Disposing of Ash

During a winter, if you’re burning wood in a fireplace, stove, or insert, you will have some ash to deal with. In fact, if you’re not burning properly seasoned wood, you may need to empty ashes from your firebox every few days, depending on how often you burn. Burning green, or wet wood can result in more ash, more smoke, and a less efficient fire. Burn the correct wood, and you’ll have a better fire, a more efficient chimney, and less ash.Disposing of Ash Image - Burlington VT - Brickliners Custom Masonry

What to Do with Ash

There are many uses for ash that you may not have thought of. The average cord of seasoned firewood produces 50 pounds of ashes. After it’s been safely removed from your fireplace, insert, or stove, it can cool and be useful for many purposes.

  • Neutralize odors on pets by dusting into the fur
  • Enrich compost or garden soil by adding small amounts periodically
  • Repel slugs, snails, and some bugs by sprinkling around the garden
  • Melt ice on pavement, sidewalks, and porches
  • Clean metal pans, glass doors, and oven surfaces by adding a bit of water and ash to a sponge.
  • Polish silver
  • Make soap by soaking your ashes in water to create lye. Follow a recipe to make homemade soap.

Once you know what you want to do with your ashes, you will have an idea of how to store them. Ideally, you will have a large container to store them in, with a lid, such as a metal trash can.

How to Remove the Ash

When your ashes begin to interfere with your fire, you have too many. In fact, your ashes can begin to smother your fire and make the fireplace and chimneyless efficient if you allow even a few inches to collect. The best practice is to remove ashes regularly, leaving ¼ inch to insulate the bottom of the firebox.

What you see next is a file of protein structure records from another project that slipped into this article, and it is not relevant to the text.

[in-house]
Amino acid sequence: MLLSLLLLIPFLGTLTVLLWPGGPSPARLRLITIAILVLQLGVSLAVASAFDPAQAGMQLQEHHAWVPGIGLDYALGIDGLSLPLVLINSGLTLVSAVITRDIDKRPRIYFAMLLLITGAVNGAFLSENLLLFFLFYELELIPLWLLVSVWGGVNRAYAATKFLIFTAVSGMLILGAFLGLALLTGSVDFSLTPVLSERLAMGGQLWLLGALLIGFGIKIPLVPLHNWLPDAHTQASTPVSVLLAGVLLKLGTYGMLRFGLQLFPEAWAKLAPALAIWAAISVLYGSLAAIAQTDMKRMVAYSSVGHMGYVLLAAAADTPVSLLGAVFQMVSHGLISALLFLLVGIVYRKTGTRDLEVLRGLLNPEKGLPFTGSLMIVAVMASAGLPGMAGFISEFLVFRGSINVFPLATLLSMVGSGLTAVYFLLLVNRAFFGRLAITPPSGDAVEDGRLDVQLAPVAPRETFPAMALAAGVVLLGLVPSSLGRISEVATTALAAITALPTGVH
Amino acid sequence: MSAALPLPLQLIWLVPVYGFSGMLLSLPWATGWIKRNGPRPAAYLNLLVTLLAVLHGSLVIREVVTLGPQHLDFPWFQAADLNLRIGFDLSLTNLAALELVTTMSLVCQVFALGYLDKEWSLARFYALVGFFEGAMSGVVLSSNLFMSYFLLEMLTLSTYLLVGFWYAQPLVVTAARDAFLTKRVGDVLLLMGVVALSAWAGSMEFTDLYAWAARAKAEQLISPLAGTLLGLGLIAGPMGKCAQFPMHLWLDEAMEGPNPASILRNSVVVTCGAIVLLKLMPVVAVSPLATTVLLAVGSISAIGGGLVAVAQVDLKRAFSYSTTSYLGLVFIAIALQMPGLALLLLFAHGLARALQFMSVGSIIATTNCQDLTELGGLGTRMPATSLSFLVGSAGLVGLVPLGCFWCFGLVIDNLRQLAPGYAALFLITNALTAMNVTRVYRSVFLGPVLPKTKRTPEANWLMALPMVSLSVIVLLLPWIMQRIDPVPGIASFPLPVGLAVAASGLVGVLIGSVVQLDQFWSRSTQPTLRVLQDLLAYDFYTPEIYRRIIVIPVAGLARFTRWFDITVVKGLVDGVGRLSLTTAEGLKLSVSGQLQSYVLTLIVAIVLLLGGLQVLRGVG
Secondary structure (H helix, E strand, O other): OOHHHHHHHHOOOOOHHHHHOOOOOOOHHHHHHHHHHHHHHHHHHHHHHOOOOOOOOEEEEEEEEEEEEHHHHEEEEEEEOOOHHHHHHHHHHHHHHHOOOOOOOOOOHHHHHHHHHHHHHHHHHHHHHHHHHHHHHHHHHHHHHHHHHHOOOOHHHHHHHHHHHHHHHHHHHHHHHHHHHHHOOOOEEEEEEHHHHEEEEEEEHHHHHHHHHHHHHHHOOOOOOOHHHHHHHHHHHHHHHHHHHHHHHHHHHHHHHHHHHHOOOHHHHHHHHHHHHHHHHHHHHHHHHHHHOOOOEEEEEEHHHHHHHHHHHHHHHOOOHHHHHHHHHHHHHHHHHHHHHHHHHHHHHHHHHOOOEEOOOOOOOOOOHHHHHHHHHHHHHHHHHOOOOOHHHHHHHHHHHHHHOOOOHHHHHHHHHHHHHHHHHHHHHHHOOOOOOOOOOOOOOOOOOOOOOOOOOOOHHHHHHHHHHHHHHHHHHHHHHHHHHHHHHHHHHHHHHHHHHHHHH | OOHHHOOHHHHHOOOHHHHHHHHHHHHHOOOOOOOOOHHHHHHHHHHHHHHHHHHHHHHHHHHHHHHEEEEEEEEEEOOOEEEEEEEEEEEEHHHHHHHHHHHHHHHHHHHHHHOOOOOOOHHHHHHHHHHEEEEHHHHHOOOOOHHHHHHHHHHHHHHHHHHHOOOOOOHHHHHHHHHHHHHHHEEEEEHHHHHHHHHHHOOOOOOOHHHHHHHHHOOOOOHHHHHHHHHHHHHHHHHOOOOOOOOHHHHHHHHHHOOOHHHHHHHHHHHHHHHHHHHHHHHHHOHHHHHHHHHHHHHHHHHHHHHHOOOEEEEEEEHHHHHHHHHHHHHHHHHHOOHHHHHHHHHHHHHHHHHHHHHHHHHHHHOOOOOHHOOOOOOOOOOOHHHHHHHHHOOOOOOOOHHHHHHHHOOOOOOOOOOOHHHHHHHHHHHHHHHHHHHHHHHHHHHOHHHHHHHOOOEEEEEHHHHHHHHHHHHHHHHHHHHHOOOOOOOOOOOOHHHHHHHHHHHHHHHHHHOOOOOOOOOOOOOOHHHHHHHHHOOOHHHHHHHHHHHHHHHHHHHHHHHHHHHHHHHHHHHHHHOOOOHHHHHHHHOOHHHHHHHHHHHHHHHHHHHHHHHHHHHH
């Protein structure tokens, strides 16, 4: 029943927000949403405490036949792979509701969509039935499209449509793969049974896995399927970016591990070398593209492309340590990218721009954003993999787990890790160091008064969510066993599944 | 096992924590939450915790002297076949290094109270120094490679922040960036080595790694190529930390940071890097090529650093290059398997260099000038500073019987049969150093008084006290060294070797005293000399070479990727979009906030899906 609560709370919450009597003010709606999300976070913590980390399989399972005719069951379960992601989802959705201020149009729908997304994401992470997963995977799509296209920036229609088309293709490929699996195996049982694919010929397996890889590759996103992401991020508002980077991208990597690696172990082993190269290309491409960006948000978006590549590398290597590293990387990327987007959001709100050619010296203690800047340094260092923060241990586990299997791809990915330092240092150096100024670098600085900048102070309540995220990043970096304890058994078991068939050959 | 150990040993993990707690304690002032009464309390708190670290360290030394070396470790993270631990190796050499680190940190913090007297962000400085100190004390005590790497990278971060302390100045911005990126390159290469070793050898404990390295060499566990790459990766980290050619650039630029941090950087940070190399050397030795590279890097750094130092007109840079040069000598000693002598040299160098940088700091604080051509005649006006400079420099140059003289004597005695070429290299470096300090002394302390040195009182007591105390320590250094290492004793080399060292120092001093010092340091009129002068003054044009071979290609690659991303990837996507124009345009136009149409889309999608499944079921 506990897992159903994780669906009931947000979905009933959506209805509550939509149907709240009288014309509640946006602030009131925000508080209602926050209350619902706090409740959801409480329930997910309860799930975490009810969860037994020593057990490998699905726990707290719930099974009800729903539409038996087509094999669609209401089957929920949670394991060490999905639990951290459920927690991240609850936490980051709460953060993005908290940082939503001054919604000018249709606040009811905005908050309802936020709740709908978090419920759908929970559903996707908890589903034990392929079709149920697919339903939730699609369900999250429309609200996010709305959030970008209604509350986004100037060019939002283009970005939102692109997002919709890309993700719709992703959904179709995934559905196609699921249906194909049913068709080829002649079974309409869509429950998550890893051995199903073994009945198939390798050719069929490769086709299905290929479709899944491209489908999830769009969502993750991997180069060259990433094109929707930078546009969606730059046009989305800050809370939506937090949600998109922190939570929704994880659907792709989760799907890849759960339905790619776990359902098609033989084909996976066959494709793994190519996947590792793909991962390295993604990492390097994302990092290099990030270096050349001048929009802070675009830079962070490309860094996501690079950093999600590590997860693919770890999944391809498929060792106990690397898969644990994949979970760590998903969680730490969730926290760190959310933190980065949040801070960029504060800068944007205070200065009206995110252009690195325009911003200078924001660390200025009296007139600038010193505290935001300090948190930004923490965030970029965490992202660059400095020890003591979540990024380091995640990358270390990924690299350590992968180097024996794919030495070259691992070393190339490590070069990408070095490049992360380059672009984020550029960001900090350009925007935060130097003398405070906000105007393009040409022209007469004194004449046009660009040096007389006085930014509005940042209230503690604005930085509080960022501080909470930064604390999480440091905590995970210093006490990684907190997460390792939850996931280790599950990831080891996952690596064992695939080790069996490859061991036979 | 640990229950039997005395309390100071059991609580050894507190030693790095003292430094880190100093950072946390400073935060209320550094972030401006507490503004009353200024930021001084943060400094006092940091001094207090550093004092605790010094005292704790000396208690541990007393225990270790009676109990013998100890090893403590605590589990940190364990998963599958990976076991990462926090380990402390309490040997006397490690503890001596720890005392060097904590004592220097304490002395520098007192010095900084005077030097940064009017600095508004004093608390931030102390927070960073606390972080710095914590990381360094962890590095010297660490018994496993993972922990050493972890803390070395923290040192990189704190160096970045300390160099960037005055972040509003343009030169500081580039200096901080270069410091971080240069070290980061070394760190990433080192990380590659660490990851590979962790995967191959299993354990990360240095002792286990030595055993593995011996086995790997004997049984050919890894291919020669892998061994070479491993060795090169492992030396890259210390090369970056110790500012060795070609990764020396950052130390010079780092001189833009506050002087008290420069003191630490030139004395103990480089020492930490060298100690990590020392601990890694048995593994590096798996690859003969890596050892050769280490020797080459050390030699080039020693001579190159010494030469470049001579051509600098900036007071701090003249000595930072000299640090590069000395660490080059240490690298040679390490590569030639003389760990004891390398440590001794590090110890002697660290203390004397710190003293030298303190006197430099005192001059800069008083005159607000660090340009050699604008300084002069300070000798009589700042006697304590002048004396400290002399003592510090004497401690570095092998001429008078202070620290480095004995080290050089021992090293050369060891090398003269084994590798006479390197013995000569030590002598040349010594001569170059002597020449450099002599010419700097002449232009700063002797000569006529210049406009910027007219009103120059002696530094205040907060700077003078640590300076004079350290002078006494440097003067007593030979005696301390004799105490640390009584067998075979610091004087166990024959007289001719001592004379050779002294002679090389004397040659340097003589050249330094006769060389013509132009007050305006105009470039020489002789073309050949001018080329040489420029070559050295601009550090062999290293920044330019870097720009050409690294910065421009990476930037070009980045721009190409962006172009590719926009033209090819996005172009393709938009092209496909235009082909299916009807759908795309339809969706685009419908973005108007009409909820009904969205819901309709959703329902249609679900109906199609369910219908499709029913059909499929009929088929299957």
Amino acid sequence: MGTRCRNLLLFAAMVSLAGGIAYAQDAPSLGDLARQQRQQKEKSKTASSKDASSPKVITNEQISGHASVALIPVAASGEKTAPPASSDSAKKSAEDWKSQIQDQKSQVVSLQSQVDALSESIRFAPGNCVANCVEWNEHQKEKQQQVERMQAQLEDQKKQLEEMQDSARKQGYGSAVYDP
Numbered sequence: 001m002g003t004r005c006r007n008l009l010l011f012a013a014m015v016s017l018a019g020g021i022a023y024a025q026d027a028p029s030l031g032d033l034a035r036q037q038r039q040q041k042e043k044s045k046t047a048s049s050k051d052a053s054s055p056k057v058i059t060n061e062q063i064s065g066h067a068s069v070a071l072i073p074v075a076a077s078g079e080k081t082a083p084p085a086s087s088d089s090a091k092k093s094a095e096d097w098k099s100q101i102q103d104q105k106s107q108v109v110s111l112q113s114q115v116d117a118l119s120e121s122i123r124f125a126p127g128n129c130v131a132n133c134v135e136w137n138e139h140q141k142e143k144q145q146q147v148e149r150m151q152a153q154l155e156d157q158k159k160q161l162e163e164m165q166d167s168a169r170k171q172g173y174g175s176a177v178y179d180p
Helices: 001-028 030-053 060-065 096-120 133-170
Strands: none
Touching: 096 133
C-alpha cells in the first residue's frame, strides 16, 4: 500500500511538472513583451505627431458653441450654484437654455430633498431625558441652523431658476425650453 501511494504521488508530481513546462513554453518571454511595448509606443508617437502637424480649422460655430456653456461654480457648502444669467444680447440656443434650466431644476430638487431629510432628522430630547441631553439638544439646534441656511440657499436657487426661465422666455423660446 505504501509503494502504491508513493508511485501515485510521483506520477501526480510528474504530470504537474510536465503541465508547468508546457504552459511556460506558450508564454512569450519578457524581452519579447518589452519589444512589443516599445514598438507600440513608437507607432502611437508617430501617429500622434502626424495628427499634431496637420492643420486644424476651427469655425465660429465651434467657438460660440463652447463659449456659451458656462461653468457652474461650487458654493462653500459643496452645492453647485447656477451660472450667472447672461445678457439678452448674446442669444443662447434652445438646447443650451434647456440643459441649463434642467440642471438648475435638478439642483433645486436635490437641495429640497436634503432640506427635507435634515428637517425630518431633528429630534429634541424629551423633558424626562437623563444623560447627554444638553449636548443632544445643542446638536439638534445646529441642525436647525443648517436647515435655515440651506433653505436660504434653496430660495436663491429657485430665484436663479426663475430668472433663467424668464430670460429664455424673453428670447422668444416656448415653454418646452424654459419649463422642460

First, let the fire burn down to a safe temperature to avoid burns and risk of fire. Once you’re ready to remove the ash, gather your supplies, including leather gloves and a long handle poker, shovel, and ash bucket designed to withstand high temperatures. Carefully scoop ashes from the firebox and drop into your bucket. To avoid inhaling harmful particles, you can wear a mask during ash removal. Wearing your gloves, carry the ash bucket OUTSIDE of the house, and dispose of ashes in your fire-safe container. Ashes and coals can stay hot for hours or days depending on how insulated they are. Do not risk dumping ashes or placing them near flammable materials.

Trust the Professionals

Throughout the year your fireplace and chimney can have a thorough cleaning when you schedule a chimney sweep. Schedule with Brickliners and you can rest assured that your firebox and chimney are clean of ash and soot. In between service appointments, follow expert advice from CSIA about handling wood ash, and don’t risk your health or your property by improper disposal of ashes.

Related Articles

The Value of a Chimney Cap

Of all of the parts, pieces, and functions of your chimney system, the chimney cap may be the most valuable. It’s one of the most

What Is Chimney Waterproofing?

Many are told that waterproofing is a necessary step in keeping their chimney better protected, but what exactly does this mean and what does the